Philippines gambling revenue could double in two years: Lawrence Ho
Mogul says Manila could challenge Singapore, but urges government backing over tax issue
Bloomberg in Manila
Macau casino mogul Lawrence Ho Yau-lung says gambling revenue in the Philippines "could easily" double to US$4 billion in two years, setting the stage to challenge Singapore as Asia's second-biggest gaming hub.
To ensure success, the Philippines would have to decide how to tax casino developers and operators, Melco Crown Entertainment co-chairman Ho said.
In April, the tax bureau ordered all casino operators to pay income tax on their gaming earnings, removing an exemption given to four operators developing casinos in Manila.
The Philippines was "within striking distance" of overtaking Singapore's gaming market, said the 36-year-old son of Macau gambling tycoon Stanley Ho. "A lot of it would depend on how regulators and government support this industry."
The Philippine gaming market was now worth US$2 billion, a third of Singapore's US$6 billion, Ho said. Gaming revenue in Macau was US$38 billion last year.
The tax bureau wants to impose a 15 per cent income tax on Philippine Amusement & Gaming Corp, the state regulator known as Pagcor, and its licensees on top of a 5 per cent franchise tax.
Philip Tulk, a Hong Kong-based analyst at Standard Chartered Bank, said: "It's obviously unsettling for shareholders when there's a tax issue hanging.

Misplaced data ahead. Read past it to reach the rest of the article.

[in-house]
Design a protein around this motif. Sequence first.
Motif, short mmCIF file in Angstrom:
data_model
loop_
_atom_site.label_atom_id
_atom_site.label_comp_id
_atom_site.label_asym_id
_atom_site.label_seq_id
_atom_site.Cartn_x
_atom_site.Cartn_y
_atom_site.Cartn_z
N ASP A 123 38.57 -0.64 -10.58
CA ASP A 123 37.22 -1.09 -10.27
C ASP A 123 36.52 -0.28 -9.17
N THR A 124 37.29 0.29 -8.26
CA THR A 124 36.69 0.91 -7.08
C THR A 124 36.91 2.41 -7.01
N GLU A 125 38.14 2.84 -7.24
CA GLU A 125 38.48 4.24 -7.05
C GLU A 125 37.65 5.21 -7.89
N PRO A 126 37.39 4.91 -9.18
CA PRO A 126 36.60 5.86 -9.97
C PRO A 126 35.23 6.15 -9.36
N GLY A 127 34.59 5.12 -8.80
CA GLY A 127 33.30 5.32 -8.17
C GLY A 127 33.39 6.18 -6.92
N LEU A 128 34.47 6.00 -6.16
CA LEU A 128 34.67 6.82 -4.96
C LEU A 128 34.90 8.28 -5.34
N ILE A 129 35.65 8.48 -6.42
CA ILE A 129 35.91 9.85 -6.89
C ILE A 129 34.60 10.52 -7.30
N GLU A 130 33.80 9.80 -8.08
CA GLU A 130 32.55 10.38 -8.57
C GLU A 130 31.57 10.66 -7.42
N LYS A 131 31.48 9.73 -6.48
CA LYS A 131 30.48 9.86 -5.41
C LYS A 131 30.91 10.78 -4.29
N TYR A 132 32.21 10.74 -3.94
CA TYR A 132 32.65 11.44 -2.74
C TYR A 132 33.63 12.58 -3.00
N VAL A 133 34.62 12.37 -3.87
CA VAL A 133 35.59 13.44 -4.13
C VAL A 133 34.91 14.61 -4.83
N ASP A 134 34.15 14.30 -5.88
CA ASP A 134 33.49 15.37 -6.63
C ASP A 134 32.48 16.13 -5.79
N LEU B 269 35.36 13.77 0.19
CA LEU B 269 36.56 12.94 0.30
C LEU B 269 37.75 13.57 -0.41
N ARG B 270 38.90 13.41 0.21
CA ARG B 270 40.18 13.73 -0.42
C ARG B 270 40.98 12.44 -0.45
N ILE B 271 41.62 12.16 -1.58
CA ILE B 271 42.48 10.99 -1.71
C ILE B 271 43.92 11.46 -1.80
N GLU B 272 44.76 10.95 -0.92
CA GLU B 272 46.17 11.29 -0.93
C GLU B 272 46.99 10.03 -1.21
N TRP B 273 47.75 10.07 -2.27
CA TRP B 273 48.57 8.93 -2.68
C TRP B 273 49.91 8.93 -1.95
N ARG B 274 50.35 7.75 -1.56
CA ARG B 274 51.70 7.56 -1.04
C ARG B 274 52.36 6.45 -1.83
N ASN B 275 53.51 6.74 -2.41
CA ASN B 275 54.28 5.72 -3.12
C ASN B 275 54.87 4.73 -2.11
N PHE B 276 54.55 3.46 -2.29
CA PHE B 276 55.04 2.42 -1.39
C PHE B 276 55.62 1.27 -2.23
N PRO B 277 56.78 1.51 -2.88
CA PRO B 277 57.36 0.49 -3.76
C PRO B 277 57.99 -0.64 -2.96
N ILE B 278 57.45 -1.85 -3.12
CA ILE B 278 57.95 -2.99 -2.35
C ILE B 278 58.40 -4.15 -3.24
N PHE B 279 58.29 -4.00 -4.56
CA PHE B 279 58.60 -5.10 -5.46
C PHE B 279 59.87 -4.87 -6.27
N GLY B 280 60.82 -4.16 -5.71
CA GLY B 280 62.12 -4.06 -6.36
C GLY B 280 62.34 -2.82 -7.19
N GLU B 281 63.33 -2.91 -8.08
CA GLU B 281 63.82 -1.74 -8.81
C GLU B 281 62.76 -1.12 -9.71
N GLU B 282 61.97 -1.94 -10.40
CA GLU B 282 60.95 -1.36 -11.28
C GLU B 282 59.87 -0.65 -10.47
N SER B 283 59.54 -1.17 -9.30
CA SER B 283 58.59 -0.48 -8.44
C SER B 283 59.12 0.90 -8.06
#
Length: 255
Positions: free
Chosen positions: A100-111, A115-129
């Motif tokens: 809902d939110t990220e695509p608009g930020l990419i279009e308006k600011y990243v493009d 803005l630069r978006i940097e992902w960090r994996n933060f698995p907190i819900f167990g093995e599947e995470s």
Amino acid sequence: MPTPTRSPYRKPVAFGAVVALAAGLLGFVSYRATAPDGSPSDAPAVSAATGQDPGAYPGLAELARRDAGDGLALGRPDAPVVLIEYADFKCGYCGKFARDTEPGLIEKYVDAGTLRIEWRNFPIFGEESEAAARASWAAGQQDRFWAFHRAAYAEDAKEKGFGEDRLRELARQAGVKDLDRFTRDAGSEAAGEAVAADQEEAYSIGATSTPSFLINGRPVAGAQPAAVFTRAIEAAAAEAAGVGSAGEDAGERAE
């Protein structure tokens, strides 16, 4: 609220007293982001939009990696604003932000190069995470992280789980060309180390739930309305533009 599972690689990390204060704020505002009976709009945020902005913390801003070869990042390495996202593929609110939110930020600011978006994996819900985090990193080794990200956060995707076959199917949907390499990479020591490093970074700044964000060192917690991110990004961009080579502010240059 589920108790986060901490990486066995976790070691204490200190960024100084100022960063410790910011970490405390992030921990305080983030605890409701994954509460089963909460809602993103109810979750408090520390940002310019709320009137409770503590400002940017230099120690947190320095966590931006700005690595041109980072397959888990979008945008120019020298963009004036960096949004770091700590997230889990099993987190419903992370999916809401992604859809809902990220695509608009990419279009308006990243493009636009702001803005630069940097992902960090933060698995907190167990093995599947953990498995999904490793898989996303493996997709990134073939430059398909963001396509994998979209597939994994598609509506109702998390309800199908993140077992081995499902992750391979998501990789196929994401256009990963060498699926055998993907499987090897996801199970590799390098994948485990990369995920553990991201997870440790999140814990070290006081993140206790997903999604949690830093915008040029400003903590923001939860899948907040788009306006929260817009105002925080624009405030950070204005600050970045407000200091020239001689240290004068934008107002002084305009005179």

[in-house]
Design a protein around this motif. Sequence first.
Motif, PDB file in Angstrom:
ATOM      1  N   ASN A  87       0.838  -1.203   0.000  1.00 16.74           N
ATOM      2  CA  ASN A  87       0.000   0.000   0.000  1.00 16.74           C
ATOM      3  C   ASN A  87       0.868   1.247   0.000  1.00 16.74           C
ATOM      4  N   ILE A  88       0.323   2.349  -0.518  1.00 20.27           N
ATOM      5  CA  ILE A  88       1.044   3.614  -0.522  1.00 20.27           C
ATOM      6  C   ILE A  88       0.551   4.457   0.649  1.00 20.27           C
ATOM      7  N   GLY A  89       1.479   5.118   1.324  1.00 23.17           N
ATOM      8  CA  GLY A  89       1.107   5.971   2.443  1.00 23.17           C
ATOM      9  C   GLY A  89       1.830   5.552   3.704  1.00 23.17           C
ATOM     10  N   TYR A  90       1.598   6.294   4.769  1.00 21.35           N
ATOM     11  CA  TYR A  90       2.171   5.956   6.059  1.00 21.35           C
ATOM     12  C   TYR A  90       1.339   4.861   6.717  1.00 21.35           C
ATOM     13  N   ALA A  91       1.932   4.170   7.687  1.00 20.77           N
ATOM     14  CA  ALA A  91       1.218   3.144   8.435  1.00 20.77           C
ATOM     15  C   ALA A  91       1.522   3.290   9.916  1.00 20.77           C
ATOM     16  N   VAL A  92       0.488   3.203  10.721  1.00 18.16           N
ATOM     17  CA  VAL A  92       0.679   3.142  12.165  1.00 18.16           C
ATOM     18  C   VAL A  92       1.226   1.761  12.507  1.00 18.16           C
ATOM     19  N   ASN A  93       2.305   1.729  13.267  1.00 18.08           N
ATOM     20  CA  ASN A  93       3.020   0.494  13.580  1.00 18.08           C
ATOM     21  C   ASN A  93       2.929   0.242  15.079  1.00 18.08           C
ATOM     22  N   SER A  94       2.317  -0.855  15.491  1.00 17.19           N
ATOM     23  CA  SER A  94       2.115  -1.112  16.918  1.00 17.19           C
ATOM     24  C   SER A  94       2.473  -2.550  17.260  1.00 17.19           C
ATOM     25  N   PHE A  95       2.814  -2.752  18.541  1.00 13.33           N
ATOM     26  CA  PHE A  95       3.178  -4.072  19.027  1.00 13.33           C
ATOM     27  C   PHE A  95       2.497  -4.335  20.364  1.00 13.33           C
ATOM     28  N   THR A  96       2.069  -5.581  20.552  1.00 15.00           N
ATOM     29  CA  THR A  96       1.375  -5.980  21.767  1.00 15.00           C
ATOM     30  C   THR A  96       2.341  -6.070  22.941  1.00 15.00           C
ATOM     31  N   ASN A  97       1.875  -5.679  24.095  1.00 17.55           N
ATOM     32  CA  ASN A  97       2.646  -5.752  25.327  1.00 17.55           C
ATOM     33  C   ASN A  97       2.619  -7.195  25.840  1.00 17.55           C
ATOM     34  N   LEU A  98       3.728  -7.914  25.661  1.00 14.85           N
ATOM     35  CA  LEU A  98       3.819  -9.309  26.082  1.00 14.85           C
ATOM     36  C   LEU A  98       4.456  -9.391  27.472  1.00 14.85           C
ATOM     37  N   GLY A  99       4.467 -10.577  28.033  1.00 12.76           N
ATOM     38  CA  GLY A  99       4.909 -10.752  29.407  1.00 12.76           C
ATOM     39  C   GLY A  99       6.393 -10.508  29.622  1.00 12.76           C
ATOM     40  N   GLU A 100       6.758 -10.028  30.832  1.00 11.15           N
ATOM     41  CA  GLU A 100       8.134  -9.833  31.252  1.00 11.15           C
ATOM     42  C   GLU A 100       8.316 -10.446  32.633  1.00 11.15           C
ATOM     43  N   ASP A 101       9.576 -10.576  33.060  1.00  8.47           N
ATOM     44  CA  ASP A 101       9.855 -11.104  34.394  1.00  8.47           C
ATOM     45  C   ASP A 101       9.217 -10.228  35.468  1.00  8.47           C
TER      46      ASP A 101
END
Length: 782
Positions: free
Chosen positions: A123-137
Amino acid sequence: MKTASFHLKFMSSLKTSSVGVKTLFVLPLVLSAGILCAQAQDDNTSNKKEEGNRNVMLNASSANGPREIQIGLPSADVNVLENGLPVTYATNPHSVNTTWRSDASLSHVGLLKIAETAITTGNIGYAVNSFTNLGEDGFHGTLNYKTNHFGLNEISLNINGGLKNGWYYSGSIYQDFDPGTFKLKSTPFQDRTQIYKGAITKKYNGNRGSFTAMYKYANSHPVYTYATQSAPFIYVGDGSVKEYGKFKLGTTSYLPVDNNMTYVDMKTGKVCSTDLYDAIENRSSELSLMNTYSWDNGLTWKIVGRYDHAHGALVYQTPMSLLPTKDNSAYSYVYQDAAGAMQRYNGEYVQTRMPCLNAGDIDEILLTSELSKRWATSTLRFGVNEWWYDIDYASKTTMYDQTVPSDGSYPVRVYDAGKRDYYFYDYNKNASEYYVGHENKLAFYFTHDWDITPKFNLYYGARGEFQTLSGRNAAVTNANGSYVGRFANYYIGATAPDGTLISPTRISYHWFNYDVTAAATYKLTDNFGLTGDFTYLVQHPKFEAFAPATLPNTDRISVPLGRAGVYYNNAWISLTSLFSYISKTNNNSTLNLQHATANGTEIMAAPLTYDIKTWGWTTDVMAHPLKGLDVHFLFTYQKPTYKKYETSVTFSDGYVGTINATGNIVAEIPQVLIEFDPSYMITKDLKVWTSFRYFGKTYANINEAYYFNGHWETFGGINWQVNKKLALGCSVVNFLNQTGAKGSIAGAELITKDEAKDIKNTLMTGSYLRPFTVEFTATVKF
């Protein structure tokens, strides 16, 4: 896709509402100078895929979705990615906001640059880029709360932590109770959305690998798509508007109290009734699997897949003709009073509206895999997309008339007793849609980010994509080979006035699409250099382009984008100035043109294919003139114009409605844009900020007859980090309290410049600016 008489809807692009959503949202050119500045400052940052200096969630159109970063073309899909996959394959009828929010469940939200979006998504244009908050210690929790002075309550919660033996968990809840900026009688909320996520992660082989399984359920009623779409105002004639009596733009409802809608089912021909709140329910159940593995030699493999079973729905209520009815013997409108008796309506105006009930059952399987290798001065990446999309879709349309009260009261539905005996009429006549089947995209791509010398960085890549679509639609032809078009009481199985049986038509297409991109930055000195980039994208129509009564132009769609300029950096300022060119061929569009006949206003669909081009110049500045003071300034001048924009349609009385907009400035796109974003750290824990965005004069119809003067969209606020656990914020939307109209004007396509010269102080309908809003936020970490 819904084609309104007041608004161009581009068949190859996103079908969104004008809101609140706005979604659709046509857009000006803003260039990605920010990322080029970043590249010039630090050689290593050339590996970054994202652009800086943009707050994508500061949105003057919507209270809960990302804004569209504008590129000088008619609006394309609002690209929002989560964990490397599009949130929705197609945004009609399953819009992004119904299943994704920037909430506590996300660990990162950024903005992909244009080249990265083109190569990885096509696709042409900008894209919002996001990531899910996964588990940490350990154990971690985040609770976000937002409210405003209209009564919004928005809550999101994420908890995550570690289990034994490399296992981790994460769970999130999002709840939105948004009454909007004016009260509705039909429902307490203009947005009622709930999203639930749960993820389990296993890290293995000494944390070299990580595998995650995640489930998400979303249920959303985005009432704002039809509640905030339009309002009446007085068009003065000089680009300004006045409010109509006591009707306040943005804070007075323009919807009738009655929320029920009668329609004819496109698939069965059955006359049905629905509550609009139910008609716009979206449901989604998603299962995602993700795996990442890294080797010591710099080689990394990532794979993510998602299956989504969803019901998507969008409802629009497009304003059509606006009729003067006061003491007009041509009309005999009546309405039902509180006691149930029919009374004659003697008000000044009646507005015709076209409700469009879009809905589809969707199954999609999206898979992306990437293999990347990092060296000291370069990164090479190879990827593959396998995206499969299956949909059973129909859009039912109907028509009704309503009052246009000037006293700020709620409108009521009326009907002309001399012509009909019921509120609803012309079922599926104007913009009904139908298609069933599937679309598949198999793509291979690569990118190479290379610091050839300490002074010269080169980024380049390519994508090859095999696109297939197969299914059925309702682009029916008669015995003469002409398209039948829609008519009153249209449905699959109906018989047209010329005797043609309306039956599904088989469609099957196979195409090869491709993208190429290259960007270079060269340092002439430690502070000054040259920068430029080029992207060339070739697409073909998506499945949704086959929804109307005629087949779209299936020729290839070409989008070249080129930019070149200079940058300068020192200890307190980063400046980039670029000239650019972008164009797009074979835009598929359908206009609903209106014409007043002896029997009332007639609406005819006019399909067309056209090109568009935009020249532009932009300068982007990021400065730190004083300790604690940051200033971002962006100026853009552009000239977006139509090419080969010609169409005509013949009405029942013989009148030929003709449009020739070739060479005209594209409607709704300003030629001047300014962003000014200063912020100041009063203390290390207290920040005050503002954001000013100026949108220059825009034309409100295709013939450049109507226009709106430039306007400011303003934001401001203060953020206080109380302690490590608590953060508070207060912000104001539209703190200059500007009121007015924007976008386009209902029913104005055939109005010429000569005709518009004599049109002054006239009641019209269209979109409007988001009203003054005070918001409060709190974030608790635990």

"A higher income tax could discourage investors from further investment or even completing their casino projects. Thus it could reduce the country's appeal to gamblers."
Casino operators are in talks with the tax bureau and Pagcor over the end of the exemption.
The Philippines' relative tax advantage was supposed to help attract high-end gamblers.
Singapore has a 5 per cent tax on gaming revenue from high- rollers, or those with a S$100,000 (HK$620,000) deposit account with the casino operator. For other players, the gaming tax rate is 15 per cent.
Pagcor president Jorge Sarmiento said yesterday that the regulator had asked the Supreme Court to help settle the matter.
Ho said a "bidding war" had already started among operators who wanted to take clients to Melco Crown's City of Dreams Manila. He also said the company would have to "do more" to bring in high-rollers from Macau to Manila, such as providing private jets and helicopters.
He said it was important for Manila to maintain stability when it came to business policies, as well as building the infrastructure to attract tourists.
"The reason we took the dive here is because we were comfortable with the government, that they are pro-business and that they really want to welcome businesses," Ho said.
"If the country is really serious about trying to bring in foreign capital, then there can't be sudden rule changes."